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Last week, gold woke up from its sleepy August and increased 3.5%. It saw its greatest one-week jump since January and gold exchange-traded funds (ETFs) followed in its footsteps by reaching four-month highs and breaking 200-day moving averages.
These jumps came in response to the Federal Open Market Committee (FOMC) meeting minutes that suggested the need for more stimulus and some sort of quantitative easing. The report release extended the recent precious metals rally initiated by European Central Bank President Mario Draghi, who pledged his commitment to keep the Eurozone in place.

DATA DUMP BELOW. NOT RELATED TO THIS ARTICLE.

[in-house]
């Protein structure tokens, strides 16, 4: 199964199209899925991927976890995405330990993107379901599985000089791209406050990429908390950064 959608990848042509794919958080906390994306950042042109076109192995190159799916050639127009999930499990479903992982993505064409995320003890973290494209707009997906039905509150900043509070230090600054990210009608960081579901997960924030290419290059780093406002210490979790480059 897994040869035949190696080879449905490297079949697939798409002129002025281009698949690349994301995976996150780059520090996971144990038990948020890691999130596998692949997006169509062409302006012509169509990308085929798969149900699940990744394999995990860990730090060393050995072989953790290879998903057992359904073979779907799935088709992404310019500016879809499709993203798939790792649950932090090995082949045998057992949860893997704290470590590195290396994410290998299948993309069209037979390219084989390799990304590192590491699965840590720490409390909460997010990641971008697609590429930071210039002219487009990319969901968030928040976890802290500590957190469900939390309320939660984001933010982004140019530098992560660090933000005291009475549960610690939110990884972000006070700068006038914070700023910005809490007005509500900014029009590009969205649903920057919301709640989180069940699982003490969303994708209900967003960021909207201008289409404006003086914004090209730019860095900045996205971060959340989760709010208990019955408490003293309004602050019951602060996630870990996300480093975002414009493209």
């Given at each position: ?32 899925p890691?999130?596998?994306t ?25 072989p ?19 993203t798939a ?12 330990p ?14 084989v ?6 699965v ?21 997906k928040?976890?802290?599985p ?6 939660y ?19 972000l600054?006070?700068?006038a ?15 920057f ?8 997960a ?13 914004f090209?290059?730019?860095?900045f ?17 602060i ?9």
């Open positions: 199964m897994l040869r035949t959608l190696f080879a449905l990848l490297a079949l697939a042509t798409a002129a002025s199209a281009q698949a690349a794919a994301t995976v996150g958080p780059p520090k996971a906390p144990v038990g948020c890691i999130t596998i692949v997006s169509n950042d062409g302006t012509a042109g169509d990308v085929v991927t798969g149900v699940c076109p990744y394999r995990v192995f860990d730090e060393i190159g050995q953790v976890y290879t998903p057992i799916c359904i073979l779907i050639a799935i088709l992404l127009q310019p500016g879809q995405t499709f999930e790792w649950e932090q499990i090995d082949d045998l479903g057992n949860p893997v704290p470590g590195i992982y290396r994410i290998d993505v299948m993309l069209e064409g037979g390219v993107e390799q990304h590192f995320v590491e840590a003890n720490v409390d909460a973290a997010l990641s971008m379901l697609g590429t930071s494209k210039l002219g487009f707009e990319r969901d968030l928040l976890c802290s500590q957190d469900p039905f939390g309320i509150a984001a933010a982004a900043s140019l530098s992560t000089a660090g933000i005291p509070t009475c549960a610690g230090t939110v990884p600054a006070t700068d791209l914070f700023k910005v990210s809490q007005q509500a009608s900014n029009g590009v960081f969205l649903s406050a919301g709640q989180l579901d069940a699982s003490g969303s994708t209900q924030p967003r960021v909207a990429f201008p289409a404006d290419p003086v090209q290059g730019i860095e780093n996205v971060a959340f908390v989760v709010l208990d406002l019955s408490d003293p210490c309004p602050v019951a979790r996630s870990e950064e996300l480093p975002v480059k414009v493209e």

Gold prices on Monday fell from last week's high of $1,674.28 to $1,671.80, and have continued that decline this week. The most actively traded contract for December delivery was down Thursday morning by $1.10, or 0.1%, to $1,661.90 per ounce.
So what happened to dampen last week's enthusiasm for gold?
Europe, China Pound Gold PricesNews from abroad knocked down some of the gold price optimism.
Germany's Ifo Institute announced Monday that its business sentiment declined for a fourth consecutive month in August to 102.3; this came in lower than the 102.6 estimates and July's revised 103.2 figure.